Bush: Lift ban on offshore drilling

President says increasing domestic oil supply will offset high gas prices. 'Our nation must produce more oil, and we must start now," he says.

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By Beth Braverman, CNNMoney.com contributing writer

High gas prices have led me to change my:
  • Commute
  • Shopping routine
  • Travel and leisure activities
  • All of the above

NEW YORK (CNNMoney.com) -- President George Bush, saying the United States "must produce more oil," called Wednesday for a lifting of the ban on offshore drilling.

"Congress must face a hard reality," Bush said. "Unless members are willing to accept gas prices at today's painful prices or even higher, our nation must produce more oil, and we must start now."

The remarks highlight the growing political pressure to reduce dependence on foreign oil and deal with rising gas prices. The issue has become central to the presidential election as $4-a-gallon gas and has become a drag on an already sluggish economy.

Bush outlined a four-point plan to increase domestic oil supply.

The first step, Bush said, is to expand domestic oil supply by allowing drilling in the outer continental shell. He asked Congress to lift a federal drilling moratorium on offshore drilling. He said he would then lift an executive order that also bans drilling.

Bush also called on Congress to:

  • Increase access to oil shale
  • Permit oil exploration in the Arctic National Wildlife Refuge
  • Increase domestic refining capacity

"With these four steps we will take pressure off gas prices over time by expanding the amount of American made oil and gasoline," Bush said.

Bush said his plan would also create jobs. Because the initiatives will years to implement, he urged swift action by Congress.

"If congressional leaders leave for the Fourth of July recess without taking action, they will need to explain why $4-a-gallon gas is not enough incentive for them to act," Bush said.

Pelosi responds

House majority speaker Rep. Nancy Pelosi, D-N.Y., criticized Bush's plan. She said in a statement that it would increase America's "addiction to fossil fuels and dependence on an oil industry earning record profits."

"The fact is that America uses a quarter of the world's oil consumption every day - but only 1.6% of the world's supply - so there's simply no way to drill a solution," Pelosi said.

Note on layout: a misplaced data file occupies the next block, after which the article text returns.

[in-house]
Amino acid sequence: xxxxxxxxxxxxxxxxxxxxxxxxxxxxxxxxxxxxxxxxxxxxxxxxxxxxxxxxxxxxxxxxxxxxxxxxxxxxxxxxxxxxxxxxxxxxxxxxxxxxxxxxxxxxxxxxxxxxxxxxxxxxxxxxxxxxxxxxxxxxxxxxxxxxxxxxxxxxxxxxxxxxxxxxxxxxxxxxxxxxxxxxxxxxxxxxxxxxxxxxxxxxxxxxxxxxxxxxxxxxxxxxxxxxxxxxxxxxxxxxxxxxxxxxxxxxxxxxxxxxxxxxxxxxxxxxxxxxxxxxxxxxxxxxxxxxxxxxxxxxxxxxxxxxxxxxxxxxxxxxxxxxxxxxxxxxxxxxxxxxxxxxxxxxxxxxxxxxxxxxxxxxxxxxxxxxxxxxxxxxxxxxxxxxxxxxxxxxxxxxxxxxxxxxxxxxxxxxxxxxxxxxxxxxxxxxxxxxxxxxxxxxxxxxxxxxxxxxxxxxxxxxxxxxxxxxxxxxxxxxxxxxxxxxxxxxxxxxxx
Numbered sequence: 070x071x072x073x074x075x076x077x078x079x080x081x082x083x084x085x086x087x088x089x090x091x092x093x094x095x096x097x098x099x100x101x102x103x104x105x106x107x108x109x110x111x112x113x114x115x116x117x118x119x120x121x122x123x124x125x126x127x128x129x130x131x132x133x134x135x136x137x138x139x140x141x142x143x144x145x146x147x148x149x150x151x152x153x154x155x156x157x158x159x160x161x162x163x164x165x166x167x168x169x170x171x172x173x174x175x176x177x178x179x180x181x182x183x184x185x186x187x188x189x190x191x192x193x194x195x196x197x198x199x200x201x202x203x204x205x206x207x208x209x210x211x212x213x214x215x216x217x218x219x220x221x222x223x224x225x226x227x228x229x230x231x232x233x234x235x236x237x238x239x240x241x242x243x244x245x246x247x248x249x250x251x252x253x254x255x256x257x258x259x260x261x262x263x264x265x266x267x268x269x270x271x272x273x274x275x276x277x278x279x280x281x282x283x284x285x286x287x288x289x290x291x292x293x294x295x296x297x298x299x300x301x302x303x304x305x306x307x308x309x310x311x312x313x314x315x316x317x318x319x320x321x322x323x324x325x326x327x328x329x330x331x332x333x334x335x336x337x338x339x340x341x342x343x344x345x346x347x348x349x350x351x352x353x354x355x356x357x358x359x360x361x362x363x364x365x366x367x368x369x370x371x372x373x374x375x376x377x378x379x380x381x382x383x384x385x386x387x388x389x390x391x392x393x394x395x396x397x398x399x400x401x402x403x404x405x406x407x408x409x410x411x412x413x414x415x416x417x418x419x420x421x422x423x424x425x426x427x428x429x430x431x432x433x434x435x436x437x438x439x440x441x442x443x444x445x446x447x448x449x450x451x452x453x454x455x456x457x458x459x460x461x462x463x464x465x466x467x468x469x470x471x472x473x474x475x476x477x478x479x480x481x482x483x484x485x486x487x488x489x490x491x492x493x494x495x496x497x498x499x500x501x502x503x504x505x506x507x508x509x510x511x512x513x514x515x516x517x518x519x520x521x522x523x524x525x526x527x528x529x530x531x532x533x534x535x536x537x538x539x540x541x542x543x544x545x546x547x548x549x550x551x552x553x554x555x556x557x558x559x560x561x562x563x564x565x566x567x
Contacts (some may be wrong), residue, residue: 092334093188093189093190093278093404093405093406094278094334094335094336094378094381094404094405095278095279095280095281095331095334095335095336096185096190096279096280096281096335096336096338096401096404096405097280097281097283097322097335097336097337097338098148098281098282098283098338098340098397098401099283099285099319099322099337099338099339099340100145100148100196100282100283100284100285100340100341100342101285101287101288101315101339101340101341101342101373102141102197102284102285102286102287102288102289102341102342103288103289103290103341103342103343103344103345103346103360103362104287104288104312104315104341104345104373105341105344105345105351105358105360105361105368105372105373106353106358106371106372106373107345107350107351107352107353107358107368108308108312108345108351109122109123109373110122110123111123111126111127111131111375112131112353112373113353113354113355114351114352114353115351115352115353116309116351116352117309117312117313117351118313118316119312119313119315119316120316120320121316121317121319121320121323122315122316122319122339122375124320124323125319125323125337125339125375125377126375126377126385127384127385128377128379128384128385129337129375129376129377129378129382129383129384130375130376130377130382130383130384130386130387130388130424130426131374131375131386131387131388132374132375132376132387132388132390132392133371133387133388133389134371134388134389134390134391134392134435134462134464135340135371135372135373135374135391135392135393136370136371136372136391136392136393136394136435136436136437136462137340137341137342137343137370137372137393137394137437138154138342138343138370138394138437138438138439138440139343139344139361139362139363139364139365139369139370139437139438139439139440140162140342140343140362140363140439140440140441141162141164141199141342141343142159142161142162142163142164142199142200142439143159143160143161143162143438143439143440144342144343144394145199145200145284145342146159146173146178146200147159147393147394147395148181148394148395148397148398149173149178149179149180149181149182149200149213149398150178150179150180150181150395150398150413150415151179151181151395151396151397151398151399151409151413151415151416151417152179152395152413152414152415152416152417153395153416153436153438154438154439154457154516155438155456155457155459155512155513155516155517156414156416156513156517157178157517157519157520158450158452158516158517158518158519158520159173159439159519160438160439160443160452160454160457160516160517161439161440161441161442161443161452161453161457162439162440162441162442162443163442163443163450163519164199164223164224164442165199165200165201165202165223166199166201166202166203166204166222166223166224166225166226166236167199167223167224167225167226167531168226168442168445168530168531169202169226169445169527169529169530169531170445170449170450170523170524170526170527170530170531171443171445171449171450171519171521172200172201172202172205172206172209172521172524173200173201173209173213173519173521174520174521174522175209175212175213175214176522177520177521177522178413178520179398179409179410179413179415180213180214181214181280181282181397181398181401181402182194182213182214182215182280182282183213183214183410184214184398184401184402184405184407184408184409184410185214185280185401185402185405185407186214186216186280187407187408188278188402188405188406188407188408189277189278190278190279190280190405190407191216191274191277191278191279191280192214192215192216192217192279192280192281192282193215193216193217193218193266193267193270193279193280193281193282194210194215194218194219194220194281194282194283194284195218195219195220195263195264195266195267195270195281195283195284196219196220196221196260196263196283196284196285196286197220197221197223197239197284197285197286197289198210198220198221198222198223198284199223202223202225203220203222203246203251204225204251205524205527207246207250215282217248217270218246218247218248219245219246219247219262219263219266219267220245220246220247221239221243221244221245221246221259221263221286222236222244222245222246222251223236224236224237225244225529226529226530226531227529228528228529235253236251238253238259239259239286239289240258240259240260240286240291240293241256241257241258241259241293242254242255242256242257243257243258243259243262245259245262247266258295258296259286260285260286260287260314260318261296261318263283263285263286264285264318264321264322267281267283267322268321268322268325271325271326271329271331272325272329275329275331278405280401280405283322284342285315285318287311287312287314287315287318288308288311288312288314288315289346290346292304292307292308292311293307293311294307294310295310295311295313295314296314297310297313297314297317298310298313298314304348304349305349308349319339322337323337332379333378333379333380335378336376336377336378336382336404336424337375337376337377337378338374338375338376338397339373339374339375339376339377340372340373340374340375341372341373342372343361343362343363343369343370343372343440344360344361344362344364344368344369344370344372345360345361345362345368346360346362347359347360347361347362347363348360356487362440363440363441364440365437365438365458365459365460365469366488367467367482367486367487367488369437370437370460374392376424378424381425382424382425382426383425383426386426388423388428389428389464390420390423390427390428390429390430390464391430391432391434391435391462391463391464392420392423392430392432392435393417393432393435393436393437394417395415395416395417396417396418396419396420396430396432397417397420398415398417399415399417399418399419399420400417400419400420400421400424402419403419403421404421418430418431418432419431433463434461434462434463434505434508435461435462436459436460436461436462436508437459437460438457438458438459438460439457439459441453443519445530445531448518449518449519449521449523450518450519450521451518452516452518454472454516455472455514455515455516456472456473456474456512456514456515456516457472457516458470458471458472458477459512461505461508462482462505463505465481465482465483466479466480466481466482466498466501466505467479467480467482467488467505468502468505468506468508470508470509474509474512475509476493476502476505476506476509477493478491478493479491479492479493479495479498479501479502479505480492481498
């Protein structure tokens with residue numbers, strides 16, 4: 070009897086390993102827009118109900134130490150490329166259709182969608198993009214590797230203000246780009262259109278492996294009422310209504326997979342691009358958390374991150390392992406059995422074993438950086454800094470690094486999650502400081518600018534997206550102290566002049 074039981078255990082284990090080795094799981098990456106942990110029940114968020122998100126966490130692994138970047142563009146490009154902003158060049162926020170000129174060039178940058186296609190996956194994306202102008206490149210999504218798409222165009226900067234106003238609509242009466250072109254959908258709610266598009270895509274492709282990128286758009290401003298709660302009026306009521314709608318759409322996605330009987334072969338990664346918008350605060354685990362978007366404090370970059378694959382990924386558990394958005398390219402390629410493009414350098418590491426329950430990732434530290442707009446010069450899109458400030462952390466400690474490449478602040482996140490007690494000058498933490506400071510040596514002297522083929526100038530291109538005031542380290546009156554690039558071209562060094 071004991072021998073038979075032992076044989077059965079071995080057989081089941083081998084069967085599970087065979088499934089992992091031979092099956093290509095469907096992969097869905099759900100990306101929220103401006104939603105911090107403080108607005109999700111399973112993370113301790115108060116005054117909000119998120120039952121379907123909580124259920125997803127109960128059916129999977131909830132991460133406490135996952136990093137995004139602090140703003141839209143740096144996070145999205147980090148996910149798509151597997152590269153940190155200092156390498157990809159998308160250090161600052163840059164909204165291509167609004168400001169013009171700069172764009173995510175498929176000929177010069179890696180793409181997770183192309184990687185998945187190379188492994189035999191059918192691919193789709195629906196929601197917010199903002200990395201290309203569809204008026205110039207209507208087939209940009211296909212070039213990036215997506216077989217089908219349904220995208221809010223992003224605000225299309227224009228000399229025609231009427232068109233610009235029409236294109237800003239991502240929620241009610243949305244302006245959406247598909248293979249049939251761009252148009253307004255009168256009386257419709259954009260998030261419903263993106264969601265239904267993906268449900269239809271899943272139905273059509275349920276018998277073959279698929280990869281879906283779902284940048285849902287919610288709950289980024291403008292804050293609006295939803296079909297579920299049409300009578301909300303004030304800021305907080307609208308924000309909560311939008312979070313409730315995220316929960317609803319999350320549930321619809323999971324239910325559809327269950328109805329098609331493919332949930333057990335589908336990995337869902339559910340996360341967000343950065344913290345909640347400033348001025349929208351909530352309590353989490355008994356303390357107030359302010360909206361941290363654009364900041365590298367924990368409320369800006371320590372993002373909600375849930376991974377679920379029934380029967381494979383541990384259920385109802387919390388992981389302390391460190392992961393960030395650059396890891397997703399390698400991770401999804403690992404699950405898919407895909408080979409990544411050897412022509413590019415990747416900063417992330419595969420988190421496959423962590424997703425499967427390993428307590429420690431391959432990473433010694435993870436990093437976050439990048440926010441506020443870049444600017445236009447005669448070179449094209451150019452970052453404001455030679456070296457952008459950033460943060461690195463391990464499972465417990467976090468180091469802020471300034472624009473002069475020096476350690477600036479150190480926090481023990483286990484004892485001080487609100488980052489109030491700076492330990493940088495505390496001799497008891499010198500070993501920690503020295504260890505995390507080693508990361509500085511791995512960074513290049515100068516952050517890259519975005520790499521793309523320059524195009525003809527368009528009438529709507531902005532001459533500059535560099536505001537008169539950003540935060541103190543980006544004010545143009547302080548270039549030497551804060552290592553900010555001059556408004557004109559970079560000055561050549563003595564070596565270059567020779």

Drilling and the election

John McCain called for a lift in the offshore drilling ban Tuesday. McCain's plan would let individual states decide whether to explore drilling possibilities off their shores.

Critics of offshore drilling claim the practice harms aquatic ecosystems by eroding wetlands, contaminating the water with chemicals, polluting the air, killing fish and dumping waste.

Presumptive Democratic candidate Barack Obama called McCain's offshore drilling plan "short-term political posturing." Obama prefers a profits tax on oil companies and investment in renewable energy sources.

Will drilling work?

Oil executives often point to the ban in offshore drilling as part of the reason gas prices have risen so high. Experts estimate that offshore drilling could yield 1 million to 2 million barrels of oil per day by sometime in the next decade.

However, some analysts do not see new drilling projects as a panacea, given the amount of time it would take to get them up and running and the relatively small amount of oil they would likely yield. Places like the Atlantic coast, thought to be rich in natural gas, lack drilling platforms, pipelines, terminals, storage facilities and other energy infrastructure. Developing such areas will take a great amount of time and money.

"Even if you opened up everything and the states did not object, you are not going to get any oil out of the ground for two to five years," said Robert Kaufmann, director of Boston University's Center for Energy & Environmental Studies. "In the short-term it will have absolutely no effect."

Oil prices reflect global supply-and-demand trends, not domestic ones. So the increase in U.S. production would have to outweigh international demand in order to have a meaningful impact on prices. Experts expect world oil consumption, currently at 85 million barrels per day, to swell to more than 100 million barrels per day by 2025.

"U.S. firms are not going to sell to U.S. customers for prices any cheaper than they could sell to to anyone else in the world," Kaufmann said. To top of page

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